Written By Aubrey Jones
Since being ranked No. 5 in Money magazine’s top 100 places to live in 2006, Cary’s population has increased by more than 30,000 residents. While most consider Cary to be a place to raise a family, Cary has a population of more than 22,000 citizens age 55 and older, making it a popular destination for retirees.
Along with retirement come the options of living in a senior-oriented community, where life is maintenance free with options ranging from independent to medically assisted living. Living in a senior community is not only a great way to avoid the many hassles of property maintenance, but is a method to discover the fun in life after retirement. All of the retirement communities in Cary offer a variety of programs and activities perhaps prompting some seniors to rediscover hobbies they had enjoyed in the past.
Glenaire Retirement Community
Dave and Mariam Timothy were able to step back into their dancing shoes during the Presbyterian Homes PHI Senior Olympics at Glenaire Retirement Community in October. The Timothys participated in the ballroom dancing competition.
“We used to dance in Latin America when we were young. We were good dancers but we haven’t danced in years,” Mariam explained. Despite the lapse in time, the Timothys picked up right where they left off while dancing the fox-trot to Astaire’s 1935 classic, “Cheek to Cheek.”
October marked the second year for the PHI Senior Olympics, and Glenaire faced its sister communities, River Landing in Colfax and Scotia Village in Laurinburg. “It’s a great time for some friendly competition, renewing friendship between the communities and even for the seniors to meet new people,” said Glenaire executive director Sean Hvyett.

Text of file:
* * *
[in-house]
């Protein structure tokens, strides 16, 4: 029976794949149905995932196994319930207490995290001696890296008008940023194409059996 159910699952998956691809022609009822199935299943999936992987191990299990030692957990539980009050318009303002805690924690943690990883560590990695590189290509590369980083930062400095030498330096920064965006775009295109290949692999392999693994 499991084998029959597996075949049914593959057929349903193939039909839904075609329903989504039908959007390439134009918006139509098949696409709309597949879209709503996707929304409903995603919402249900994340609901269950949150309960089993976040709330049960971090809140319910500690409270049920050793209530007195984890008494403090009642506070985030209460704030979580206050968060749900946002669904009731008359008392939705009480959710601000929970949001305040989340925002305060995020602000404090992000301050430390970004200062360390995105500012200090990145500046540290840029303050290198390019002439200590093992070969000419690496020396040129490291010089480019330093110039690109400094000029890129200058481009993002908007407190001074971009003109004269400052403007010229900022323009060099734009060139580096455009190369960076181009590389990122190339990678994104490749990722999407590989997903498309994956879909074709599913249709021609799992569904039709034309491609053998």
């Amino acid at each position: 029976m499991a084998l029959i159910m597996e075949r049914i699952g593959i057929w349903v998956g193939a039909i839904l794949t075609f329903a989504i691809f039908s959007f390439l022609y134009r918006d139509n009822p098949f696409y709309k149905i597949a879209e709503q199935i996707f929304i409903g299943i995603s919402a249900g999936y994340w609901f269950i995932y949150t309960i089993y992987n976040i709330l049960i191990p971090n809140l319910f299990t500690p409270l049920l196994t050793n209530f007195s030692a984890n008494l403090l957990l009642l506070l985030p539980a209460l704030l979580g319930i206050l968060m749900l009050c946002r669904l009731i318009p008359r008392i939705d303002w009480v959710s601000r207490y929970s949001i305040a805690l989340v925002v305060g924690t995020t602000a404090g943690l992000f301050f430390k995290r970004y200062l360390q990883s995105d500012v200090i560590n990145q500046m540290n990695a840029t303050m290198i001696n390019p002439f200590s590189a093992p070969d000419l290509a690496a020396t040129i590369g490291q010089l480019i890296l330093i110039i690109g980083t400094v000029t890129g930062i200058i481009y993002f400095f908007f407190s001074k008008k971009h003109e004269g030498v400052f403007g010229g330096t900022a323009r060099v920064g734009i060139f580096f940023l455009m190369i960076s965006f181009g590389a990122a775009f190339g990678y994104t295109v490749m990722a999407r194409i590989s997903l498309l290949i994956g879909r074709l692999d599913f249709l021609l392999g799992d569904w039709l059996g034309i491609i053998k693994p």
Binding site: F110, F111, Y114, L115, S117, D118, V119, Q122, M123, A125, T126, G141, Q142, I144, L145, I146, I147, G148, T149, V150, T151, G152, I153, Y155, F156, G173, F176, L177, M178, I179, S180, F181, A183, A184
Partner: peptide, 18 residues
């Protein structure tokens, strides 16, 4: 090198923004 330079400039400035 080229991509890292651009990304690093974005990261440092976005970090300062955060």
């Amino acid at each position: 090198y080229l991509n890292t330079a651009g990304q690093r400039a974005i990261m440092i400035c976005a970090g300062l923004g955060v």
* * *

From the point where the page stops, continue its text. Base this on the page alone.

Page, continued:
|Glenaire cheerleaders perform during opening ceremonies at the Second Annual Presbyterian Homes PHI Senior Olympics at Glenaire Retirement Community. Front row, from left, Hazel Bryant, Mary Reams Maynard; back row, Ann Clark and Danny White.|
Hvyett also explained that wellness was the purpose of the event, to keep seniors active. “They train for the events all year long, and our wellness coordinator, Wendy Heinzman, has been working on this event since last October.”
While the excitement of the Olympics keeps residents on top of their volleyball, swimming and ballroom dancing skills, it also keeps them at the top of their knowledge. This year, nine seniors were chosen to compete in the quiz bowl, which was hosted by WRAL Brain Game host and former WRAL traffic reporter Mark Roberts.
“I have a soft spot for seniors,” Roberts admitted. “When I was in the news business, there wasn’t a lot of time for volunteer work, so I love to do what I can now.”
Perhaps the most surprising event was the cheerleading competition, in which seven of Glenaire’s finest ladies danced to “Don’t Cha” by the Pussycat Dolls. More than 500 seniors and guests attended the PHI Olympics, and they have already started planning for the third Olympics to take place at Scotia Village next year.
Glenaire is one of the many retirement communities in the area to offer different stages of living from independent living in cottages, to apartment style rooms with assisted living to medical assisted living. The Glenaire campus includes two dining rooms, a library, a bank, a barber shop, and recreation and game rooms for entertainment. Glenaire has the capacity to hold 400 seniors — 280 in independent living and 120 in assisted living.